Contest winners will be determined by public vote through Nov. 18.
KANSAS CITY, Mo. — Burns & McDonnell has named the top 20 finalists in its Battle of the Brains competition. The finalists were determined over the past several days in a judging round conducted by experts from Science City at Union Station and from Burns & McDonnell. The finalists were selected from a pool of 560 entries from 128 different schools in 35 school districts throughout the metropolitan area. A total of 2,465 students participated on 456 teams who submitted entries for the contest.
"We are thrilled with the response and amazed at the creativity, enthusiasm and ingenuity displayed by kids of all ages," said Melissa Lavin-Hickey, director of the Burns & McDonnell Foundation. "It was very difficult to pick the 20 finalists who will now advance on to the voting round. We especially want to thank the teachers, administrators and volunteers who helped these students brainstorm ideas and develop their concepts into plans that can be turned into an actual exhibit at Science City."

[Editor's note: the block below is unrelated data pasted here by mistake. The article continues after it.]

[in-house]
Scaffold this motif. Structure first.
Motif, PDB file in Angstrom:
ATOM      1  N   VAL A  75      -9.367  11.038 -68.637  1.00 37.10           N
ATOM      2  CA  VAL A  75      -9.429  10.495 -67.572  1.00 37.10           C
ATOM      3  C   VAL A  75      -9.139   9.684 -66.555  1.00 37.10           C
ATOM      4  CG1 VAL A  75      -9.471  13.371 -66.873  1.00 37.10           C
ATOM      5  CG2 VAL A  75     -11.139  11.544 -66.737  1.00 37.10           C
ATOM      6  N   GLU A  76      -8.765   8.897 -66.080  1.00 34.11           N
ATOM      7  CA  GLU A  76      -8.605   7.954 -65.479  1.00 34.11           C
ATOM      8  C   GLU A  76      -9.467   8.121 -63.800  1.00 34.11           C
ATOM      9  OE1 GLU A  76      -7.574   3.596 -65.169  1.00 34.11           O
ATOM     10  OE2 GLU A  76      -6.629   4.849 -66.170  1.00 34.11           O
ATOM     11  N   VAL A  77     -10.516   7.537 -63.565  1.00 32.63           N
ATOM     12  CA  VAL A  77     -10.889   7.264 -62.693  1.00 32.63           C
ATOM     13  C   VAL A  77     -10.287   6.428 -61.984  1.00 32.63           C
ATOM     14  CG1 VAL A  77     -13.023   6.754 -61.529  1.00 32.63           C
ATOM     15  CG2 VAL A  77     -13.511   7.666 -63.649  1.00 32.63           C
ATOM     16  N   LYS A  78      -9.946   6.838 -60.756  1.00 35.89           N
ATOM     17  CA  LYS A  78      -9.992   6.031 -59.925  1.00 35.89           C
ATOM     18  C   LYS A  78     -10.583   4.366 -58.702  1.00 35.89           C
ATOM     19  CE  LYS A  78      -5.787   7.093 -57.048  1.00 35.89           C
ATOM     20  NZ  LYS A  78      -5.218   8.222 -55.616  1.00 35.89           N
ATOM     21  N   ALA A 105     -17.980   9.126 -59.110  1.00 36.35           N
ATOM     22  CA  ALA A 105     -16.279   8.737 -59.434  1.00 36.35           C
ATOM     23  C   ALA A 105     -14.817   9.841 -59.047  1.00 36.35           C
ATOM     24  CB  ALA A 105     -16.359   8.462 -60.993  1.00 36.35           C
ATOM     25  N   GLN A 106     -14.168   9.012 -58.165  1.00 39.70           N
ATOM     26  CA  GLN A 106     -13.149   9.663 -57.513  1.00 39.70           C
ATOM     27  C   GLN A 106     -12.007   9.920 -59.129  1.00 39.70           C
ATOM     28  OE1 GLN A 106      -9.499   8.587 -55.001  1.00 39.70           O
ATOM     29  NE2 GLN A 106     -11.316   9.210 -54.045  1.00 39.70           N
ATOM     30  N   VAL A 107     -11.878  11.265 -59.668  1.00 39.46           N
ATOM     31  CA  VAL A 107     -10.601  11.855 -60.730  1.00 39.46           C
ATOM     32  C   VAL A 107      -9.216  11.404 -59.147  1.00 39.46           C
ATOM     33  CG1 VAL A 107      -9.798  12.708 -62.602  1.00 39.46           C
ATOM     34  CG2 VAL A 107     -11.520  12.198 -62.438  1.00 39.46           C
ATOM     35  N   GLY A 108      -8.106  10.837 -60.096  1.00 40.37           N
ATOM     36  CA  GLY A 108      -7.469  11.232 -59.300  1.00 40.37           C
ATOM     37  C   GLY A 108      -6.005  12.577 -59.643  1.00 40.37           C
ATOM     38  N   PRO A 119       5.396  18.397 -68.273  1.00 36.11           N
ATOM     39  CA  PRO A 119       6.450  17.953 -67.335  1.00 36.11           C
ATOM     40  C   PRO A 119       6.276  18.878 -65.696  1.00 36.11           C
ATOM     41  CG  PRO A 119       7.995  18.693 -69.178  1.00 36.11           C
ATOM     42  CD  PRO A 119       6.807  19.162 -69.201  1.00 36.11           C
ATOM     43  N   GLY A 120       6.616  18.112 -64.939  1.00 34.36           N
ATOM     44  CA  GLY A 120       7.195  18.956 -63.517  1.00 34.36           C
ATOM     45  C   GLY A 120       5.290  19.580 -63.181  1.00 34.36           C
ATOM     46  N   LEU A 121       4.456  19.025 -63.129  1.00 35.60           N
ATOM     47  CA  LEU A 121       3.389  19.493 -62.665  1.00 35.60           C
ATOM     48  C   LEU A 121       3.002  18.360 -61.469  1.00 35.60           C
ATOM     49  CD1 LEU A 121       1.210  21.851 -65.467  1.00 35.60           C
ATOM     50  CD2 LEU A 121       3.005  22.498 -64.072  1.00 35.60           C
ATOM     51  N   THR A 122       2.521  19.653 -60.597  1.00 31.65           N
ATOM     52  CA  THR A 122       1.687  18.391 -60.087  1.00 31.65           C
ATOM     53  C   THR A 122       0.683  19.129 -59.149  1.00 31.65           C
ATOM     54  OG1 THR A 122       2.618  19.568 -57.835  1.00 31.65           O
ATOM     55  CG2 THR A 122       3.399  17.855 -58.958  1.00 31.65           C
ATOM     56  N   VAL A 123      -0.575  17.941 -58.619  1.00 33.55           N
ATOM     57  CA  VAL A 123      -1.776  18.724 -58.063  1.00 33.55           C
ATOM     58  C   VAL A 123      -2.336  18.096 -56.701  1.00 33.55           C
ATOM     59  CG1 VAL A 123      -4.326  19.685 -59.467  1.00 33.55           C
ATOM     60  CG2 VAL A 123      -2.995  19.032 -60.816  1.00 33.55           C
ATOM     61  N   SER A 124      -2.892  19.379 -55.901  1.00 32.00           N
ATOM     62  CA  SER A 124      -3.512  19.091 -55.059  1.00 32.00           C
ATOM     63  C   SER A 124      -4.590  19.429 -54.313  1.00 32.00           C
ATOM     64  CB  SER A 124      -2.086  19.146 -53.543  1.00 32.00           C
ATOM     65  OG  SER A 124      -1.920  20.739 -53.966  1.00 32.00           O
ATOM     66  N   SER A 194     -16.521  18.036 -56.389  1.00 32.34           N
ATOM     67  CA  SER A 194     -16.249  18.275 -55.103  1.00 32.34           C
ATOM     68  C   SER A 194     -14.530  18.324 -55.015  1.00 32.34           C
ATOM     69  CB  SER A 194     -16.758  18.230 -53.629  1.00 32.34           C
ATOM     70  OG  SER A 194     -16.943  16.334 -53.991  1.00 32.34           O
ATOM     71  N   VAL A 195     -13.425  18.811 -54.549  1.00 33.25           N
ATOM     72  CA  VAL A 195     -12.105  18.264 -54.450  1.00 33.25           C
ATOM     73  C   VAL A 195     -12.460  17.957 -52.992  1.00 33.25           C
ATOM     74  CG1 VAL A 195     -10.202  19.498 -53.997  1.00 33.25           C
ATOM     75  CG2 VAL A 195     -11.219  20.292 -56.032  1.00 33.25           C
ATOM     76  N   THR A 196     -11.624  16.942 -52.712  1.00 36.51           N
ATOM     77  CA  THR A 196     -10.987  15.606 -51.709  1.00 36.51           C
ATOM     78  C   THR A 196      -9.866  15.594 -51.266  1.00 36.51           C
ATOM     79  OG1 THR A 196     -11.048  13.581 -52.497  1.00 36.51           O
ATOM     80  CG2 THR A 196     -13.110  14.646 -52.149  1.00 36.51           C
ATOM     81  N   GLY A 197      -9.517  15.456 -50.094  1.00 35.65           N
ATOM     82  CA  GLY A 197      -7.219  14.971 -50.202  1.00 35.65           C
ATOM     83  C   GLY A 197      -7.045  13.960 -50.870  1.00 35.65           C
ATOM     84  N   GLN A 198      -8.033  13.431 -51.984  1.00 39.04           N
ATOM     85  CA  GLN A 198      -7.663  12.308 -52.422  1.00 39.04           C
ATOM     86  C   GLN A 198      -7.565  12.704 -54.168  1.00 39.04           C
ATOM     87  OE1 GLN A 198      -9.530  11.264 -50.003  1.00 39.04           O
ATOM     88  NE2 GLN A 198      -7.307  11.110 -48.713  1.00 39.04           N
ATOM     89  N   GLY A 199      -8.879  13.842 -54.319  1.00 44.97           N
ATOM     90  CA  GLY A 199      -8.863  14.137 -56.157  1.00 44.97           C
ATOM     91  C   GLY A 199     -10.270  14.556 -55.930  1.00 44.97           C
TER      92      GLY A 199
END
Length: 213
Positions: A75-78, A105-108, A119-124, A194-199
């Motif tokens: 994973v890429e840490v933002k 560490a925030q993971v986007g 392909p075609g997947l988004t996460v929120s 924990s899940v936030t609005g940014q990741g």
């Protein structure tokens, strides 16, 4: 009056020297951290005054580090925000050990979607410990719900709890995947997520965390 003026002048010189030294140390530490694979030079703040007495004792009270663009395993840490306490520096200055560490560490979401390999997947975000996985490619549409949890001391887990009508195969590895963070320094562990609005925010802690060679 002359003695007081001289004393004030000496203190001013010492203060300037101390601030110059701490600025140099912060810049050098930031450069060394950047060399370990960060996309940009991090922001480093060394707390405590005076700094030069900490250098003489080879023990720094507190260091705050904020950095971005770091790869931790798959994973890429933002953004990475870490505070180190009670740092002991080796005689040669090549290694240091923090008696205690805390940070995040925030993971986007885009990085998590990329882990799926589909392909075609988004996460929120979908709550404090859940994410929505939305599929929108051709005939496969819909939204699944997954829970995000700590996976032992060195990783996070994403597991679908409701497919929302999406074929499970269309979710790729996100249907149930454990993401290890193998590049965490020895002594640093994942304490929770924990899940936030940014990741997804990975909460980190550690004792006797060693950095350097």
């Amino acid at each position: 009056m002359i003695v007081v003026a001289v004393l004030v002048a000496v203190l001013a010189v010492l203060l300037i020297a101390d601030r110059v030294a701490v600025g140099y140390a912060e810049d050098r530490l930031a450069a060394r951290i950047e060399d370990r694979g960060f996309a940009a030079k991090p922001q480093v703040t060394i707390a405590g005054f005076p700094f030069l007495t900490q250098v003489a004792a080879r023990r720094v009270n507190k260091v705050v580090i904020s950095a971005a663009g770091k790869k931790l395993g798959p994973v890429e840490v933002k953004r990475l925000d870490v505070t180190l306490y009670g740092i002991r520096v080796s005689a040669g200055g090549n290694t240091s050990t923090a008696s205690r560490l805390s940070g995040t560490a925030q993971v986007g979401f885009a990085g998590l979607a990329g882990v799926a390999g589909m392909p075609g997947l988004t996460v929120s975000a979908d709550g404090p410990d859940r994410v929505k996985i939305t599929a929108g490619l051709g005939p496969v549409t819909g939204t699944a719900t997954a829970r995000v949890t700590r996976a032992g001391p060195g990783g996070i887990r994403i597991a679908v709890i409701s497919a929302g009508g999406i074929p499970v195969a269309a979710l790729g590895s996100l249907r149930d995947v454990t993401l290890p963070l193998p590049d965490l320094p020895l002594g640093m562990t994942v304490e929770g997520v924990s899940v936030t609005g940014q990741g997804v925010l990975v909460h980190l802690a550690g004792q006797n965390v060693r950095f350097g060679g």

The Top 10 Entries: Elementary School Division
Pleasant Lea Elementary, Lee's Summit School District
It's all about insects on Bug Street, where science mixes with amusement park fun to give you a bugs-eye view of these fascinating creatures. Start in the Shrinking Room, with a sloped ceiling that makes visitors feel bug-sized. Then hop on a BUGster, a not-scary ride that guides you through the exhibit, offering insect facts from speakers in your bug vehicle.
Different Experiences, Parallel Lives
Leawood Elementary, Blue Valley School District